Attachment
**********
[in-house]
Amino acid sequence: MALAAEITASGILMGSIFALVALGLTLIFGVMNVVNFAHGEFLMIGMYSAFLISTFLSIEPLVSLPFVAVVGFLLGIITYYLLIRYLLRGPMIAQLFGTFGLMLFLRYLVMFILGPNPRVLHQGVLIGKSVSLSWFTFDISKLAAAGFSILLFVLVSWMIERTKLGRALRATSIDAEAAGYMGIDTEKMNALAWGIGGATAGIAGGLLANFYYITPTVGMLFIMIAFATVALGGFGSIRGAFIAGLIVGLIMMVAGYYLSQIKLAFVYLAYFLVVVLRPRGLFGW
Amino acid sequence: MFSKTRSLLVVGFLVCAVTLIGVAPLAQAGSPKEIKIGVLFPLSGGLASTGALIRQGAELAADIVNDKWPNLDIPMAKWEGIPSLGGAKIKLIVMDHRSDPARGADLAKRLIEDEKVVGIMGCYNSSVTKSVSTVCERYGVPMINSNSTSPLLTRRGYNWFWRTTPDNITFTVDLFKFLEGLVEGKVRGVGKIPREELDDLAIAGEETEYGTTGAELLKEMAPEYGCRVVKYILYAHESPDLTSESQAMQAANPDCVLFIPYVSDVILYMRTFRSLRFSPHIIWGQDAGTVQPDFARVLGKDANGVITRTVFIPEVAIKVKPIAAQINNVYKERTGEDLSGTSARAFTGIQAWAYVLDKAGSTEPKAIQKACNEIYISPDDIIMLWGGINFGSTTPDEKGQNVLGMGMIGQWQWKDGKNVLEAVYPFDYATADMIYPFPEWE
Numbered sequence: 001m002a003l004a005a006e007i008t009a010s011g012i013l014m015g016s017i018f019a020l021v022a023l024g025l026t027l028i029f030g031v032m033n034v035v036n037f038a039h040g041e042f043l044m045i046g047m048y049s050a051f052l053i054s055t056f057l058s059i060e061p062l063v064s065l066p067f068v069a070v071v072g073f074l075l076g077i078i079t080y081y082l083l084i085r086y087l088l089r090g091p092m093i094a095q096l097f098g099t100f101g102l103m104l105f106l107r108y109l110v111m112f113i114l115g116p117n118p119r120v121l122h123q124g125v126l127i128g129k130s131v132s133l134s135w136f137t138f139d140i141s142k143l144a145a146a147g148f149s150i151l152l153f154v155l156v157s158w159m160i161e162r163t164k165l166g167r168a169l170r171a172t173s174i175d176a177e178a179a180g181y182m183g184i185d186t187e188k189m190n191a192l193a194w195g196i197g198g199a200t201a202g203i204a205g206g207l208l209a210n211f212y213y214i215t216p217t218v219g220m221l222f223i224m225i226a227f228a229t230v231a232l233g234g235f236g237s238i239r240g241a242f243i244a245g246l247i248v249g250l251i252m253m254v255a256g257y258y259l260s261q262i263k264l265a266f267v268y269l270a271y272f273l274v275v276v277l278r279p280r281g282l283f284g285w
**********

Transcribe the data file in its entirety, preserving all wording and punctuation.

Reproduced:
[in-house]
Amino acid sequence: MALAAEITASGILMGSIFALVALGLTLIFGVMNVVNFAHGEFLMIGMYSAFLISTFLSIEPLVSLPFVAVVGFLLGIITYYLLIRYLLRGPMIAQLFGTFGLMLFLRYLVMFILGPNPRVLHQGVLIGKSVSLSWFTFDISKLAAAGFSILLFVLVSWMIERTKLGRALRATSIDAEAAGYMGIDTEKMNALAWGIGGATAGIAGGLLANFYYITPTVGMLFIMIAFATVALGGFGSIRGAFIAGLIVGLIMMVAGYYLSQIKLAFVYLAYFLVVVLRPRGLFGW
Amino acid sequence: MFSKTRSLLVVGFLVCAVTLIGVAPLAQAGSPKEIKIGVLFPLSGGLASTGALIRQGAELAADIVNDKWPNLDIPMAKWEGIPSLGGAKIKLIVMDHRSDPARGADLAKRLIEDEKVVGIMGCYNSSVTKSVSTVCERYGVPMINSNSTSPLLTRRGYNWFWRTTPDNITFTVDLFKFLEGLVEGKVRGVGKIPREELDDLAIAGEETEYGTTGAELLKEMAPEYGCRVVKYILYAHESPDLTSESQAMQAANPDCVLFIPYVSDVILYMRTFRSLRFSPHIIWGQDAGTVQPDFARVLGKDANGVITRTVFIPEVAIKVKPIAAQINNVYKERTGEDLSGTSARAFTGIQAWAYVLDKAGSTEPKAIQKACNEIYISPDDIIMLWGGINFGSTTPDEKGQNVLGMGMIGQWQWKDGKNVLEAVYPFDYATADMIYPFPEWE
Numbered sequence: 001m002a003l004a005a006e007i008t009a010s011g012i013l014m015g016s017i018f019a020l021v022a023l024g025l026t027l028i029f030g031v032m033n034v035v036n037f038a039h040g041e042f043l044m045i046g047m048y049s050a051f052l053i054s055t056f057l058s059i060e061p062l063v064s065l066p067f068v069a070v071v072g073f074l075l076g077i078i079t080y081y082l083l084i085r086y087l088l089r090g091p092m093i094a095q096l097f098g099t100f101g102l103m104l105f106l107r108y109l110v111m112f113i114l115g116p117n118p119r120v121l122h123q124g125v126l127i128g129k130s131v132s133l134s135w136f137t138f139d140i141s142k143l144a145a146a147g148f149s150i151l152l153f154v155l156v157s158w159m160i161e162r163t164k165l166g167r168a169l170r171a172t173s174i175d176a177e178a179a180g181y182m183g184i185d186t187e188k189m190n191a192l193a194w195g196i197g198g199a200t201a202g203i204a205g206g207l208l209a210n211f212y213y214i215t216p217t218v219g220m221l222f223i224m225i226a227f228a229t230v231a232l233g234g235f236g237s238i239r240g241a242f243i244a245g246l247i248v249g250l251i252m253m254v255a256g257y258y259l260s261q262i263k264l265a266f267v268y269l270a271y272f273l274v275v276v277l278r279p280r281g282l283f284g285w